The goal here is to sketch the argument for why \(|(0,1)| > |\mathbb{N}|\).

We want to show that \(|(0,1)| > |\mathbb{N}|\). In other words, we want to show that the sets are not the same size. This means we have to show that there is no one-to-one correspondence between \((0,1)\) and \(\mathbb{N}\).

We must show that no matter how we try, or how anyone else tries -- today or tomorrow or a thousand years from now -- there is no way of making a one-to-one correspondence.

Recall that the set \(\mathbb{N}\) is \(\{0, 1, 2, 3, …\}\). The set \((0,1)\) is all the real numbers between, but not including, zero and one. We can think of real numbers as decimals, and so we can think of the set \((0,1)\) as all the decimals between zero and one.

In Basics of Set Theory, we saw that making a one-to-one correspondence of a set with \(\mathbb{N}\) is the same as making a list of the elements in that set, so that everything appears exactly once.

We won't give all the details here (for that, check out the In-Depth explanation), but will explain the line of reasoning. The classic, and best, way to prove this result is the following: we show that every time you try to list all the elements of \((0,1)\), you miss one.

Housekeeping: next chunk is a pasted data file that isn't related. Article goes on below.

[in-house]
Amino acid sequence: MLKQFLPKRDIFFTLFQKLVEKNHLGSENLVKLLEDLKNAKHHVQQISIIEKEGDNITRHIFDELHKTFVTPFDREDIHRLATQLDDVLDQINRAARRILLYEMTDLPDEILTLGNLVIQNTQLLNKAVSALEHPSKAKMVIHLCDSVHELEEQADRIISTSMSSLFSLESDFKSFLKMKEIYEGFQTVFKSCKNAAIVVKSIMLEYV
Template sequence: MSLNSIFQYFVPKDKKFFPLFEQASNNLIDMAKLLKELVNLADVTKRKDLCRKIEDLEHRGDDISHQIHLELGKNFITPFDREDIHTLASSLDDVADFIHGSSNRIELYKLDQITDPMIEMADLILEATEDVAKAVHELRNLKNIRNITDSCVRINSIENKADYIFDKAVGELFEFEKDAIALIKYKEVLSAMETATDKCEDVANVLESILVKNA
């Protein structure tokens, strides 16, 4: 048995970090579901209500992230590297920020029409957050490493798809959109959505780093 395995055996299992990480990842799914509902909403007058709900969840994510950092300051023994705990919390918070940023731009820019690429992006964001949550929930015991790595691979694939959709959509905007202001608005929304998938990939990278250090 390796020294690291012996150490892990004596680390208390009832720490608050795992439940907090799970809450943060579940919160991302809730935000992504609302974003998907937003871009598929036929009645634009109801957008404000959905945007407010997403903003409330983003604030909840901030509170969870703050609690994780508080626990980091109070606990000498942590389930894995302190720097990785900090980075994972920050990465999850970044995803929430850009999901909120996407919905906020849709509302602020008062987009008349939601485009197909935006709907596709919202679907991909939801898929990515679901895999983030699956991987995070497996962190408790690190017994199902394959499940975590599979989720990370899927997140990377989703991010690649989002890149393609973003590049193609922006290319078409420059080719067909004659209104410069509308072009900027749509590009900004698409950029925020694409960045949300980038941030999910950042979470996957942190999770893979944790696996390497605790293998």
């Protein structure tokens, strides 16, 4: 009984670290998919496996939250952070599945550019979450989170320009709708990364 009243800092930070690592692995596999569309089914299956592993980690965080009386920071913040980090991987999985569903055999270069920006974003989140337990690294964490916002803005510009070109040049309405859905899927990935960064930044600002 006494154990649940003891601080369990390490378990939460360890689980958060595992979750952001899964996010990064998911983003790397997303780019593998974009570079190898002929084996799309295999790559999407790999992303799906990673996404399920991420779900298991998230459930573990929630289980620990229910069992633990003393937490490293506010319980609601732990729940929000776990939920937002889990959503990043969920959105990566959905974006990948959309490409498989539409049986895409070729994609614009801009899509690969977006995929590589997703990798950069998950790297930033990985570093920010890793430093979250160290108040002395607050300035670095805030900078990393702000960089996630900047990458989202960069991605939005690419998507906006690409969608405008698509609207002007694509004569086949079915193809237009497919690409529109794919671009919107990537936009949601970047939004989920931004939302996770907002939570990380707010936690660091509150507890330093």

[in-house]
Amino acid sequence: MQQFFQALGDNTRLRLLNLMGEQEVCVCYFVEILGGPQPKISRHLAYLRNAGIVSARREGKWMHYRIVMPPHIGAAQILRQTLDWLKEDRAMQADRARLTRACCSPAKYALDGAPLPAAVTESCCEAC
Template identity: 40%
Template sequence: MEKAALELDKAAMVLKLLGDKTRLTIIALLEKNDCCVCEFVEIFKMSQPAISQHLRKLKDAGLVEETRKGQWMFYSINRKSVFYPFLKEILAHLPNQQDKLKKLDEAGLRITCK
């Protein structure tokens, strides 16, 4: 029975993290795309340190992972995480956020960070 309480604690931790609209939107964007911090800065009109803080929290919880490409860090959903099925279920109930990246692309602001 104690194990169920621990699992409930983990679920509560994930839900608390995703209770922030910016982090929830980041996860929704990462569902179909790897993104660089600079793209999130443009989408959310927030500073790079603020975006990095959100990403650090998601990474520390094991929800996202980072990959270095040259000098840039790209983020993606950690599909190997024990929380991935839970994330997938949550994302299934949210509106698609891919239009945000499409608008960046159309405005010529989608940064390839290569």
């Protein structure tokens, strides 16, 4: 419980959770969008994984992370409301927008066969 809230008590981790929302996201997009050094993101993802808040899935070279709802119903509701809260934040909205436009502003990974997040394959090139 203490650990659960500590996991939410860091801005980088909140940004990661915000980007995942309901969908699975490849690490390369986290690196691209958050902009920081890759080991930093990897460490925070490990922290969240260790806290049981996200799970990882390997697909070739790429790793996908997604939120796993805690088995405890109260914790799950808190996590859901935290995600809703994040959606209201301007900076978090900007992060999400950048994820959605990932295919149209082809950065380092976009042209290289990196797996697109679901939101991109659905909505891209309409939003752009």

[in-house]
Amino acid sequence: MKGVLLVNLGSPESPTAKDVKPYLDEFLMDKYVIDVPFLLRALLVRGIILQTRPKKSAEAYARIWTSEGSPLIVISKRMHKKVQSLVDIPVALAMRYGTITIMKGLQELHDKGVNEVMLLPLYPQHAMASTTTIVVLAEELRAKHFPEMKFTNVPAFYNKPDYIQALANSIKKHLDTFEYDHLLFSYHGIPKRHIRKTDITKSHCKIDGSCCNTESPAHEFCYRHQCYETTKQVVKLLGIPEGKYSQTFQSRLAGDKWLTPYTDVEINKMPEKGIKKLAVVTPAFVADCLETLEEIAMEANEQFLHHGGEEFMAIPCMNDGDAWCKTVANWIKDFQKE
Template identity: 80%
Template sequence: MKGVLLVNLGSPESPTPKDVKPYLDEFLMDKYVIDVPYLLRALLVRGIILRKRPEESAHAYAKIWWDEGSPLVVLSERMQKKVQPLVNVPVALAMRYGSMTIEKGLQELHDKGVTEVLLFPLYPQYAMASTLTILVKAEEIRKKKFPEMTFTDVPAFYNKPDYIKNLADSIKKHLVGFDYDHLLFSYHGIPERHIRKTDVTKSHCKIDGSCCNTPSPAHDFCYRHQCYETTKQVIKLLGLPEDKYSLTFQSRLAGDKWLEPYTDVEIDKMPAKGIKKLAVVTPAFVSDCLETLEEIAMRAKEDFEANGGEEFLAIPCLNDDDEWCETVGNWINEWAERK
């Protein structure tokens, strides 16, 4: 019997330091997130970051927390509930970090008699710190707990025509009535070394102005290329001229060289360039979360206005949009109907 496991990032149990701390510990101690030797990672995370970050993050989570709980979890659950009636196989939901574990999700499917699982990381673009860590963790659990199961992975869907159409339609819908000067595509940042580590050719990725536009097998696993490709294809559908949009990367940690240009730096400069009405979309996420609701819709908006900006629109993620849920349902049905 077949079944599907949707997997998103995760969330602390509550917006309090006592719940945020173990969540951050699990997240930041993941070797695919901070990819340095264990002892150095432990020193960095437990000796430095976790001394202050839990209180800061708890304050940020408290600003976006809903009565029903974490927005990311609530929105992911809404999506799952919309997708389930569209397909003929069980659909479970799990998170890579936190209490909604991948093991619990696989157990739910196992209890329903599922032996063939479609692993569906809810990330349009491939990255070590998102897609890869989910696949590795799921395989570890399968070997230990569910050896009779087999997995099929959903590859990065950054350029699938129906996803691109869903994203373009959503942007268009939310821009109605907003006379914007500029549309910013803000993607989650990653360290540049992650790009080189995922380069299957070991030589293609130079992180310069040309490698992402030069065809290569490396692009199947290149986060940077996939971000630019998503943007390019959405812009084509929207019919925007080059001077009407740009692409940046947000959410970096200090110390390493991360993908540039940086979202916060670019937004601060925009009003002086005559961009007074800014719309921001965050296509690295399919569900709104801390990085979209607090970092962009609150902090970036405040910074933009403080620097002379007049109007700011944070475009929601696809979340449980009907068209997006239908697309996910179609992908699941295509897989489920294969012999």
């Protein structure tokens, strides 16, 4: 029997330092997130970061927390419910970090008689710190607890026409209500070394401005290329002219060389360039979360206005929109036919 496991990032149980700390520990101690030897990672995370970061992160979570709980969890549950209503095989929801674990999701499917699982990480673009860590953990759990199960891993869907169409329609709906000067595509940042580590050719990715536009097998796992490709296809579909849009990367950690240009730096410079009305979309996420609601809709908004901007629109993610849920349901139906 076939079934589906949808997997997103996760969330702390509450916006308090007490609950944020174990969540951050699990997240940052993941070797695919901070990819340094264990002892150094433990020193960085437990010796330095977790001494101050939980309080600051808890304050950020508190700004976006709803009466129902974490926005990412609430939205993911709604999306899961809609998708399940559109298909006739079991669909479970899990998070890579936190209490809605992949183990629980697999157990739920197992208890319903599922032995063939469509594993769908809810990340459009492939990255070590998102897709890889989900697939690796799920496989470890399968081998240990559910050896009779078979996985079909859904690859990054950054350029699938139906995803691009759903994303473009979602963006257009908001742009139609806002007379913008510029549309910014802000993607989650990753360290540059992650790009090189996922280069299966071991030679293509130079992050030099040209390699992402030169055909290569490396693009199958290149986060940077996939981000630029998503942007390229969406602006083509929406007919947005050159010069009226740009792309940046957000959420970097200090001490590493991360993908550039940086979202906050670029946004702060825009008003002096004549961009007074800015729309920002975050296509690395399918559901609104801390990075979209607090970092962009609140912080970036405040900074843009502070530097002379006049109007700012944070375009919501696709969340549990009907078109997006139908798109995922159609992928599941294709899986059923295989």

That is, given any potential candidate for a one-to-one correspondence -- assigning every element of \(\mathbb{N}\) to one element of \((0,1)\) and hoping to not missing any -- it is always possible to find an element of \((0,1)\) not on that list! Every list of the elements in \((0, 1)\) must miss something, and we prove this by, given such an list, constructing an element in \((0, 1)\) that we know cannot be on that particular list.

The way this is done is very clever, and if you're curious you can read about it in the In-Depth explanation. But the gist is that there can be no one-to-one correspondence, and in fact the set \((0, 1)\) must be bigger than \(\mathbb{N}\).